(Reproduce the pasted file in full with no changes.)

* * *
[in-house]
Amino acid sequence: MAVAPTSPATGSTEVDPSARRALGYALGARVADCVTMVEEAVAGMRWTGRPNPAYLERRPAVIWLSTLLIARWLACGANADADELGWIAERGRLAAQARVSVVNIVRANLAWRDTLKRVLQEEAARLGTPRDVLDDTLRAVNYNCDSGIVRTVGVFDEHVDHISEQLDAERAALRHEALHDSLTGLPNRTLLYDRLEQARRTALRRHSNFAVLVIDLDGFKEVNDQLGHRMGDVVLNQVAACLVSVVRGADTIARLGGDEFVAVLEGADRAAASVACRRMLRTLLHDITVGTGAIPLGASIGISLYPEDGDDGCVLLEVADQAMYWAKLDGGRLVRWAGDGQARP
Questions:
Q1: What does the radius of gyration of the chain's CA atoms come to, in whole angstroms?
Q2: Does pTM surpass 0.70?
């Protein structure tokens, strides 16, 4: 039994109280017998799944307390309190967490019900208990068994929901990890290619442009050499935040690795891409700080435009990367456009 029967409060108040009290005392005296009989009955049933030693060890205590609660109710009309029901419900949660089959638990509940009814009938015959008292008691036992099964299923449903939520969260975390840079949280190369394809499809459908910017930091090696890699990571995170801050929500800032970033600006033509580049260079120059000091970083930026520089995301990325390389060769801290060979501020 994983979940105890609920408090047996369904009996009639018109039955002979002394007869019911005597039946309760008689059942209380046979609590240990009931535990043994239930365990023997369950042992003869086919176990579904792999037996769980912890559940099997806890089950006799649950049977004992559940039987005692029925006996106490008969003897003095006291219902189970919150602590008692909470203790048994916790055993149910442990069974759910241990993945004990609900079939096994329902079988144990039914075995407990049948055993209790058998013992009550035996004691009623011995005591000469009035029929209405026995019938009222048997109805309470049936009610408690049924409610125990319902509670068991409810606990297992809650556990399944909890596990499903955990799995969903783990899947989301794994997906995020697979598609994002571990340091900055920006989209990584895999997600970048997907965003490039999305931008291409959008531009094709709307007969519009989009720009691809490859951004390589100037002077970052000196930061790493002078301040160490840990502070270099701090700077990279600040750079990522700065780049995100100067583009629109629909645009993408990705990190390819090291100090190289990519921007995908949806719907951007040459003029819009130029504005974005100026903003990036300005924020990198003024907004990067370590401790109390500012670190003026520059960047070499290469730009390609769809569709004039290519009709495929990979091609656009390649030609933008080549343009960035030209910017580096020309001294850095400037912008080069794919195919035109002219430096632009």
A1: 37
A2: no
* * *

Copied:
[in-house]
Amino acid sequence: MAVAPTSPATGSTEVDPSARRALGYALGARVADCVTMVEEAVAGMRWTGRPNPAYLERRPAVIWLSTLLIARWLACGANADADELGWIAERGRLAAQARVSVVNIVRANLAWRDTLKRVLQEEAARLGTPRDVLDDTLRAVNYNCDSGIVRTVGVFDEHVDHISEQLDAERAALRHEALHDSLTGLPNRTLLYDRLEQARRTALRRHSNFAVLVIDLDGFKEVNDQLGHRMGDVVLNQVAACLVSVVRGADTIARLGGDEFVAVLEGADRAAASVACRRMLRTLLHDITVGTGAIPLGASIGISLYPEDGDDGCVLLEVADQAMYWAKLDGGRLVRWAGDGQARP
Questions:
Q1: What does the radius of gyration of the chain's CA atoms come to, in whole angstroms?
Q2: Does pTM surpass 0.70?
């Protein structure tokens, strides 16, 4: 039994109280017998799944307390309190967490019900208990068994929901990890290619442009050499935040690795891409700080435009990367456009 029967409060108040009290005392005296009989009955049933030693060890205590609660109710009309029901419900949660089959638990509940009814009938015959008292008691036992099964299923449903939520969260975390840079949280190369394809499809459908910017930091090696890699990571995170801050929500800032970033600006033509580049260079120059000091970083930026520089995301990325390389060769801290060979501020 994983979940105890609920408090047996369904009996009639018109039955002979002394007869019911005597039946309760008689059942209380046979609590240990009931535990043994239930365990023997369950042992003869086919176990579904792999037996769980912890559940099997806890089950006799649950049977004992559940039987005692029925006996106490008969003897003095006291219902189970919150602590008692909470203790048994916790055993149910442990069974759910241990993945004990609900079939096994329902079988144990039914075995407990049948055993209790058998013992009550035996004691009623011995005591000469009035029929209405026995019938009222048997109805309470049936009610408690049924409610125990319902509670068991409810606990297992809650556990399944909890596990499903955990799995969903783990899947989301794994997906995020697979598609994002571990340091900055920006989209990584895999997600970048997907965003490039999305931008291409959008531009094709709307007969519009989009720009691809490859951004390589100037002077970052000196930061790493002078301040160490840990502070270099701090700077990279600040750079990522700065780049995100100067583009629109629909645009993408990705990190390819090291100090190289990519921007995908949806719907951007040459003029819009130029504005974005100026903003990036300005924020990198003024907004990067370590401790109390500012670190003026520059960047070499290469730009390609769809569709004039290519009709495929990979091609656009390649030609933008080549343009960035030209910017580096020309001294850095400037912008080069794919195919035109002219430096632009």
A1: 37
A2: no